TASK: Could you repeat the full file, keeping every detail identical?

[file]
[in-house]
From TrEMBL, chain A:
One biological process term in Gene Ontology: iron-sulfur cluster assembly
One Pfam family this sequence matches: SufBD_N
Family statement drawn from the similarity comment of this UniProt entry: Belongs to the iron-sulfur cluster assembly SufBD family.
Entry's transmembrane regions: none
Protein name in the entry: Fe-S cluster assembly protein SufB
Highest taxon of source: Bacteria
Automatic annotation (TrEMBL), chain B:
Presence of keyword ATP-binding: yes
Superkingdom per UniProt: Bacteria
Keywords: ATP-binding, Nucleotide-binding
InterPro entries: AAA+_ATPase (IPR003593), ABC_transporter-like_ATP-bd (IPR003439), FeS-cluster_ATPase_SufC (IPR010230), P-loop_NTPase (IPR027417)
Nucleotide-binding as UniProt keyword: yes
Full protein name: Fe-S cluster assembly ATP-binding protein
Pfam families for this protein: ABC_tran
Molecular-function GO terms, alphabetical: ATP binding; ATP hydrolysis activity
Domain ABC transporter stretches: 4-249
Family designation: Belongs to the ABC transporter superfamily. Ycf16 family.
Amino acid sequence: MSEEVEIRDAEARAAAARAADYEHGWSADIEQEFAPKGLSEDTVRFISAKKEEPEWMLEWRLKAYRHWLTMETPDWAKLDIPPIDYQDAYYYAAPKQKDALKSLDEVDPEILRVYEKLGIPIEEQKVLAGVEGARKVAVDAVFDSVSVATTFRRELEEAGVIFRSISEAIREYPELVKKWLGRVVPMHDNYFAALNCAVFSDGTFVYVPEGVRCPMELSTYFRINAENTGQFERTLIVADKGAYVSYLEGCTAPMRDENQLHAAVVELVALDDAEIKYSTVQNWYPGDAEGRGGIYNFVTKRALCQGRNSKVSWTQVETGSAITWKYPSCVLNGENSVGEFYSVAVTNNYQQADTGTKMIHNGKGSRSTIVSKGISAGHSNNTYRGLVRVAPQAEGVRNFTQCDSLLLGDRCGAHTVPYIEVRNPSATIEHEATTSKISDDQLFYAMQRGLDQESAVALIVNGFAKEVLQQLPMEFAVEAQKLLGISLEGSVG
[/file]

[in-house]
From TrEMBL, chain A:
One biological process term in Gene Ontology: iron-sulfur cluster assembly
One Pfam family this sequence matches: SufBD_N
Family statement drawn from the similarity comment of this UniProt entry: Belongs to the iron-sulfur cluster assembly SufBD family.
Entry's transmembrane regions: none
Protein name in the entry: Fe-S cluster assembly protein SufB
Highest taxon of source: Bacteria
Automatic annotation (TrEMBL), chain B:
Presence of keyword ATP-binding: yes
Superkingdom per UniProt: Bacteria
Keywords: ATP-binding, Nucleotide-binding
InterPro entries: AAA+_ATPase (IPR003593), ABC_transporter-like_ATP-bd (IPR003439), FeS-cluster_ATPase_SufC (IPR010230), P-loop_NTPase (IPR027417)
Nucleotide-binding as UniProt keyword: yes
Full protein name: Fe-S cluster assembly ATP-binding protein
Pfam families for this protein: ABC_tran
Molecular-function GO terms, alphabetical: ATP binding; ATP hydrolysis activity
Domain ABC transporter stretches: 4-249
Family designation: Belongs to the ABC transporter superfamily. Ycf16 family.
Amino acid sequence: MSEEVEIRDAEARAAAARAADYEHGWSADIEQEFAPKGLSEDTVRFISAKKEEPEWMLEWRLKAYRHWLTMETPDWAKLDIPPIDYQDAYYYAAPKQKDALKSLDEVDPEILRVYEKLGIPIEEQKVLAGVEGARKVAVDAVFDSVSVATTFRRELEEAGVIFRSISEAIREYPELVKKWLGRVVPMHDNYFAALNCAVFSDGTFVYVPEGVRCPMELSTYFRINAENTGQFERTLIVADKGAYVSYLEGCTAPMRDENQLHAAVVELVALDDAEIKYSTVQNWYPGDAEGRGGIYNFVTKRALCQGRNSKVSWTQVETGSAITWKYPSCVLNGENSVGEFYSVAVTNNYQQADTGTKMIHNGKGSRSTIVSKGISAGHSNNTYRGLVRVAPQAEGVRNFTQCDSLLLGDRCGAHTVPYIEVRNPSATIEHEATTSKISDDQLFYAMQRGLDQESAVALIVNGFAKEVLQQLPMEFAVEAQKLLGISLEGSVG